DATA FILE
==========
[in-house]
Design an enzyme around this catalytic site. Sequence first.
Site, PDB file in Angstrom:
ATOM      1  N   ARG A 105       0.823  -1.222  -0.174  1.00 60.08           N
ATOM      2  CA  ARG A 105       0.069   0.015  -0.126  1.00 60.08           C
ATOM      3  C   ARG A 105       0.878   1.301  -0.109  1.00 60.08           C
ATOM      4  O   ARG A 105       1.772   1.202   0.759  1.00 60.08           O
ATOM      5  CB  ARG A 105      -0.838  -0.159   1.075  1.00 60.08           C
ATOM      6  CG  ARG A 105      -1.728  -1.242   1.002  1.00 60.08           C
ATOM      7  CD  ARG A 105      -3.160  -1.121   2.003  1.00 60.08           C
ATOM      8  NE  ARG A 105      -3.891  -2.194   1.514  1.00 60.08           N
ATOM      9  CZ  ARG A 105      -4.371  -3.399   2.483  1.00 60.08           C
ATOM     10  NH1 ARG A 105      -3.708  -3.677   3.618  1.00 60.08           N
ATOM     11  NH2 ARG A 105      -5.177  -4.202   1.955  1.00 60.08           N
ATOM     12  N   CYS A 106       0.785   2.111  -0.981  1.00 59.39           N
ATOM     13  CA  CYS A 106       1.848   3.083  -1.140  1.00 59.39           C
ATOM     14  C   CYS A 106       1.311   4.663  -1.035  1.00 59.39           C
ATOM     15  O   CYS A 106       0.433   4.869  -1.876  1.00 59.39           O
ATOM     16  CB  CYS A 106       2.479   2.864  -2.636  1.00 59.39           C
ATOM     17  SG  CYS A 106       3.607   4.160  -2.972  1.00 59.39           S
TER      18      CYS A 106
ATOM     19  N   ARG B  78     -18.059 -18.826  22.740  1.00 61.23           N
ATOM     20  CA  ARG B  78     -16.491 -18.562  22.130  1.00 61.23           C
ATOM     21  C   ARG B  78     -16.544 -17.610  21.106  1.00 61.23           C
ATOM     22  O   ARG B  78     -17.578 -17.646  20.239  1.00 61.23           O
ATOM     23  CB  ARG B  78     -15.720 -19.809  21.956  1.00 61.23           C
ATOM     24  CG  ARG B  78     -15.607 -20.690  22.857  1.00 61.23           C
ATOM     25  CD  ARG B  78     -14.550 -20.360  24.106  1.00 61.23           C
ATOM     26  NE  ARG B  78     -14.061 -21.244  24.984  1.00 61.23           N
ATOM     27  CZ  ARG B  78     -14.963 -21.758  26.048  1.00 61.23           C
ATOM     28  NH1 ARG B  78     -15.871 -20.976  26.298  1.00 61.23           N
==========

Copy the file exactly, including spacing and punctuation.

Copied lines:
[in-house]
Design an enzyme around this catalytic site. Sequence first.
Site, PDB file in Angstrom:
ATOM      1  N   ARG A 105       0.823  -1.222  -0.174  1.00 60.08           N
ATOM      2  CA  ARG A 105       0.069   0.015  -0.126  1.00 60.08           C
ATOM      3  C   ARG A 105       0.878   1.301  -0.109  1.00 60.08           C
ATOM      4  O   ARG A 105       1.772   1.202   0.759  1.00 60.08           O
ATOM      5  CB  ARG A 105      -0.838  -0.159   1.075  1.00 60.08           C
ATOM      6  CG  ARG A 105      -1.728  -1.242   1.002  1.00 60.08           C
ATOM      7  CD  ARG A 105      -3.160  -1.121   2.003  1.00 60.08           C
ATOM      8  NE  ARG A 105      -3.891  -2.194   1.514  1.00 60.08           N
ATOM      9  CZ  ARG A 105      -4.371  -3.399   2.483  1.00 60.08           C
ATOM     10  NH1 ARG A 105      -3.708  -3.677   3.618  1.00 60.08           N
ATOM     11  NH2 ARG A 105      -5.177  -4.202   1.955  1.00 60.08           N
ATOM     12  N   CYS A 106       0.785   2.111  -0.981  1.00 59.39           N
ATOM     13  CA  CYS A 106       1.848   3.083  -1.140  1.00 59.39           C
ATOM     14  C   CYS A 106       1.311   4.663  -1.035  1.00 59.39           C
ATOM     15  O   CYS A 106       0.433   4.869  -1.876  1.00 59.39           O
ATOM     16  CB  CYS A 106       2.479   2.864  -2.636  1.00 59.39           C
ATOM     17  SG  CYS A 106       3.607   4.160  -2.972  1.00 59.39           S
TER      18      CYS A 106
ATOM     19  N   ARG B  78     -18.059 -18.826  22.740  1.00 61.23           N
ATOM     20  CA  ARG B  78     -16.491 -18.562  22.130  1.00 61.23           C
ATOM     21  C   ARG B  78     -16.544 -17.610  21.106  1.00 61.23           C
ATOM     22  O   ARG B  78     -17.578 -17.646  20.239  1.00 61.23           O
ATOM     23  CB  ARG B  78     -15.720 -19.809  21.956  1.00 61.23           C
ATOM     24  CG  ARG B  78     -15.607 -20.690  22.857  1.00 61.23           C
ATOM     25  CD  ARG B  78     -14.550 -20.360  24.106  1.00 61.23           C
ATOM     26  NE  ARG B  78     -14.061 -21.244  24.984  1.00 61.23           N
ATOM     27  CZ  ARG B  78     -14.963 -21.758  26.048  1.00 61.23           C
ATOM     28  NH1 ARG B  78     -15.871 -20.976  26.298  1.00 61.23           N